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Buffalo News Hates the Stimulus for the Wrong Reason

by on November 11, 2009

News flash: the economy still stinks.  If you blame the government, you have shocking company in The Buffalo News, which ran a story Sunday on how the feds aren’t quite fixing everything or anything.  Unfortunately, the paper claims that Washington is at fault for a curious reason, namely because the feds haven’t thrown enough money at the problem:

But there’s no doubt that, overall, the $787 billion stimulus bill has not yet had a huge impact on local employment for two reasons:

 

The federal funds have been flowing slowly to Erie and Niagara counties.

 

And recipients seemed to be in no rush to spend what they got.

Personally, I of course blame George W. Bush and those Wall Street fat cats; as a percentage breakdown, it’s probably about 70/30.  But maybe there’s a bigger cause.  The problem isn’t that stimulus funds are being spent at a leisurely rate: the problem is that there was a stimulus.  Letting the government try to spend our way out of a recession is like throwing down a shovel to a man trapped in a well.  But don’t tell that to reporter/stimulus enthusiast Jerry Zremski:

There’s no doubt that the stimulus money has already had some impact locally.

 

Some 55 local highway projects are under way because of the federal aid, ranging from the reconstruction of Maple Road near the University at Buffalo to the rebuilding of four roads near the inner harbor.

Oh, there’s doubt.  Fixing roads ahead of schedule won’t cut unemployment in half.  Much as how bribing consumers to buy new cars didn’t benefit the auto industry for more than a few minutes, this spending is a one-time shot with severe long-term costs.  Once the money’s spent, what then?

 

Government doesn’t produce: it only consumes.  Such a notion is only controversial to those who think Obamacare will turn a profit.  But that sadly delusional sliver naturally includes nearly every editorial minion at the city’s only major newspaper.  Regardless, the money in question is acquired either by borrowing or taxing, which is bad news for rich people today and present minors tomorrow.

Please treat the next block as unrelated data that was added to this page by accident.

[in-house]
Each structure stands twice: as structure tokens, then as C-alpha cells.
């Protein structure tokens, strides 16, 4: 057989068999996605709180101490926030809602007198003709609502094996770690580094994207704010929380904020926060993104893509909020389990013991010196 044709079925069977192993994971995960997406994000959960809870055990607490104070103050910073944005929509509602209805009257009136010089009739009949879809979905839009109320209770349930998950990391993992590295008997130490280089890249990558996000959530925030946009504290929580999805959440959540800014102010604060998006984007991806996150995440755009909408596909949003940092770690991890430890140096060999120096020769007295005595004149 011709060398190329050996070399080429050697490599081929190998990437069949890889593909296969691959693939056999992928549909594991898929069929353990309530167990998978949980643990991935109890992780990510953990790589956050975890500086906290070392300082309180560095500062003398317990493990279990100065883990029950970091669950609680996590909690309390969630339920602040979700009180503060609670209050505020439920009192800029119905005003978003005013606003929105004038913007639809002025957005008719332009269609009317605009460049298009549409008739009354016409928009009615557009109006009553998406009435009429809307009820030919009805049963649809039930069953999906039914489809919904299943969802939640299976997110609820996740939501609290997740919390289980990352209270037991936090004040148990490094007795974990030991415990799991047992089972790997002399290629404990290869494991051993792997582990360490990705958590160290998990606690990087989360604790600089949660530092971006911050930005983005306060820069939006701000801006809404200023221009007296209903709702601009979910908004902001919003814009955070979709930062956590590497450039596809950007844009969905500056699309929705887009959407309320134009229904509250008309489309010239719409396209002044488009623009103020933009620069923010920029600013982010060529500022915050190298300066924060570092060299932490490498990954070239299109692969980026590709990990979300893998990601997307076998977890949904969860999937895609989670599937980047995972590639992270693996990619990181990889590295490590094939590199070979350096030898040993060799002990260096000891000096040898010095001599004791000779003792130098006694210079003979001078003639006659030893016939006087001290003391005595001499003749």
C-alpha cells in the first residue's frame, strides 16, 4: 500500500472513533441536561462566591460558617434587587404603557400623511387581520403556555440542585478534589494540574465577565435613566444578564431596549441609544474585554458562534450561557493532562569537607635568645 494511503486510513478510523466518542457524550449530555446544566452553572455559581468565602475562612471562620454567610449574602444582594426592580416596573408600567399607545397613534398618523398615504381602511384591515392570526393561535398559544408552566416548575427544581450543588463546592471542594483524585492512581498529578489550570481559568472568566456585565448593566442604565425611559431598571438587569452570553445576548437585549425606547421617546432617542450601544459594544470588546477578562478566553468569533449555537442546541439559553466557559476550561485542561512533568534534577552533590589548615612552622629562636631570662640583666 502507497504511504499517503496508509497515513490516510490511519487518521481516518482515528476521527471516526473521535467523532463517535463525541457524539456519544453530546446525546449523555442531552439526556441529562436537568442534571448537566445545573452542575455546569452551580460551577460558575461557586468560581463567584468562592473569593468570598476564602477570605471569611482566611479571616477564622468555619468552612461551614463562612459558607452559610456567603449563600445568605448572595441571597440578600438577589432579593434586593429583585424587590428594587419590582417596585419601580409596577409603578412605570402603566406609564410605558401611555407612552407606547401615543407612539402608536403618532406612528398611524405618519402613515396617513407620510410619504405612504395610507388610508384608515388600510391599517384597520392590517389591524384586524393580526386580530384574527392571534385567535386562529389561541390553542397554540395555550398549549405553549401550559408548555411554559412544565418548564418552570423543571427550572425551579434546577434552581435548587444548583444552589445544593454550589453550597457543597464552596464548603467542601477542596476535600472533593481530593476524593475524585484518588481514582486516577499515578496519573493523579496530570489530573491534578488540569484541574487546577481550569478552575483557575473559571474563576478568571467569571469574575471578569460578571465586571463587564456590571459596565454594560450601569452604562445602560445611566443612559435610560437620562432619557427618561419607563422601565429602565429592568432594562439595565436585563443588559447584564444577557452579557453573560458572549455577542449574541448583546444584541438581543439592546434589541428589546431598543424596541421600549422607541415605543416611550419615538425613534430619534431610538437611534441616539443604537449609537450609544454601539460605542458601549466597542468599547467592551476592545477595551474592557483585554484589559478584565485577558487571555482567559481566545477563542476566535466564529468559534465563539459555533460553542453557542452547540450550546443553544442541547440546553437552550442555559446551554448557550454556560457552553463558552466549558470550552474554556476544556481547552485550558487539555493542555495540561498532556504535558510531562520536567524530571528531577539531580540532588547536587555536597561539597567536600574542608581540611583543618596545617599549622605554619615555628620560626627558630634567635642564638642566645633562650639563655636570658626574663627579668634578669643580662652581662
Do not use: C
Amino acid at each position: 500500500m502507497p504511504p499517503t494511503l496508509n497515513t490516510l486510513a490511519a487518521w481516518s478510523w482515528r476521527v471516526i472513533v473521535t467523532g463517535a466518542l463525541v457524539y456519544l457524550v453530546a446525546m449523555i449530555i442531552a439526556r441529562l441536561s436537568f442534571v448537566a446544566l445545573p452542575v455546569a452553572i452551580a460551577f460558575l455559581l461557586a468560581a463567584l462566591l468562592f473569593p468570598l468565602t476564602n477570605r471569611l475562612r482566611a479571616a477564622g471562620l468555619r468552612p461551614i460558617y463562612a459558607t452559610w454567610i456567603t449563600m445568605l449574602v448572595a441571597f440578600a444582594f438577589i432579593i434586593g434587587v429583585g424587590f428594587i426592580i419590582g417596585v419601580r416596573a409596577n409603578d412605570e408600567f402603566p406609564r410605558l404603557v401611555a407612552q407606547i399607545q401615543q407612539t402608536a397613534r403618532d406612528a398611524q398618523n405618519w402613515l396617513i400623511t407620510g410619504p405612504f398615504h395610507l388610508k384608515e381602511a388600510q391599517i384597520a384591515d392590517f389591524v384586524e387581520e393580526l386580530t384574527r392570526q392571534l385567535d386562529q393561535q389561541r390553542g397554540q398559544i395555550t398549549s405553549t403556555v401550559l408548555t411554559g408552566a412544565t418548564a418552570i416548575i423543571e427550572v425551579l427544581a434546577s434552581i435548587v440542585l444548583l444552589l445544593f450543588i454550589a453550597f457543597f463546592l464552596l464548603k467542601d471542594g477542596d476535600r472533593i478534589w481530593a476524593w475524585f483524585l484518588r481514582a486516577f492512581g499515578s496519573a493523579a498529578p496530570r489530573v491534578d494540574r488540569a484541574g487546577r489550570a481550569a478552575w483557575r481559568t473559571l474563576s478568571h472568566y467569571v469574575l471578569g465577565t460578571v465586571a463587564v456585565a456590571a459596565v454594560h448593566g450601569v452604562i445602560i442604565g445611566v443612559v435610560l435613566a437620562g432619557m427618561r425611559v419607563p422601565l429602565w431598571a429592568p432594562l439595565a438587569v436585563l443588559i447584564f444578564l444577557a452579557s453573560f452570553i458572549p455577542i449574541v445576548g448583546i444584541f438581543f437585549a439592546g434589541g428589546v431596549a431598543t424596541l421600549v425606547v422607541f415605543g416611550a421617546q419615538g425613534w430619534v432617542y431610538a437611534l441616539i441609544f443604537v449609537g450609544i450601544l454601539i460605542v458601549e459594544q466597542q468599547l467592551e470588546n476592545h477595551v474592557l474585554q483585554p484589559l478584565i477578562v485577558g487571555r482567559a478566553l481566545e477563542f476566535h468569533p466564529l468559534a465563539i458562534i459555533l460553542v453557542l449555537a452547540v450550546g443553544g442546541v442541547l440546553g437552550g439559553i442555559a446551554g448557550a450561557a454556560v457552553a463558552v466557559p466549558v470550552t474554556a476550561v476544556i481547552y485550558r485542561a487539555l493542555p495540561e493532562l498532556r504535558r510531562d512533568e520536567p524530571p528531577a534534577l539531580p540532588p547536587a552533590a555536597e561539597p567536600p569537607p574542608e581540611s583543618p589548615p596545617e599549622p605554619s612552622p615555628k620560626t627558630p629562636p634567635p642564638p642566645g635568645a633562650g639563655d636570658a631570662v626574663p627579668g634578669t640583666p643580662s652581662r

It gets worse.  Claiming the stimulus kept things from getting worse is as shady as, well, asserting that the scheme created or saved (made-up number) of jobs.  Sadly, News readers would basically have to have conjured that thought themselves: the article contained two total anti-stimulus quotes, one from admirable local Congressman Chris Lee and another from Senate Republican Leader Mitch McConnell.  You may need to pop an Adderall to find both among the 1,700 or so words.

 

Fishing for token Republican quotes doesn’t count as balance.  If News editor Margaret Sullivan is genuinely tired of addressing bias charges, she should instruct her henchmen to seek quotes from those who think letting Washington fix the economy by selling debt to China is a farce that won’t help even after every dollar has been spent. 

 

Columns sympathetic to small-government beliefs are a good start, and not just because such pieces mean Mary Kunz Goldman and Bruce Andriatch can share a lonely table in the News cafeteria.  Now, reporters have no excuse for ignorance, assuming they read their own paper.  There’s something crucial those who are supposed to present both sides of stories need to realize about people who think the “stimulus” is anything but: they exist.

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One Comment
  1. Now it is time for the Venus Project, don’t you think.

    TheVenusProject.com

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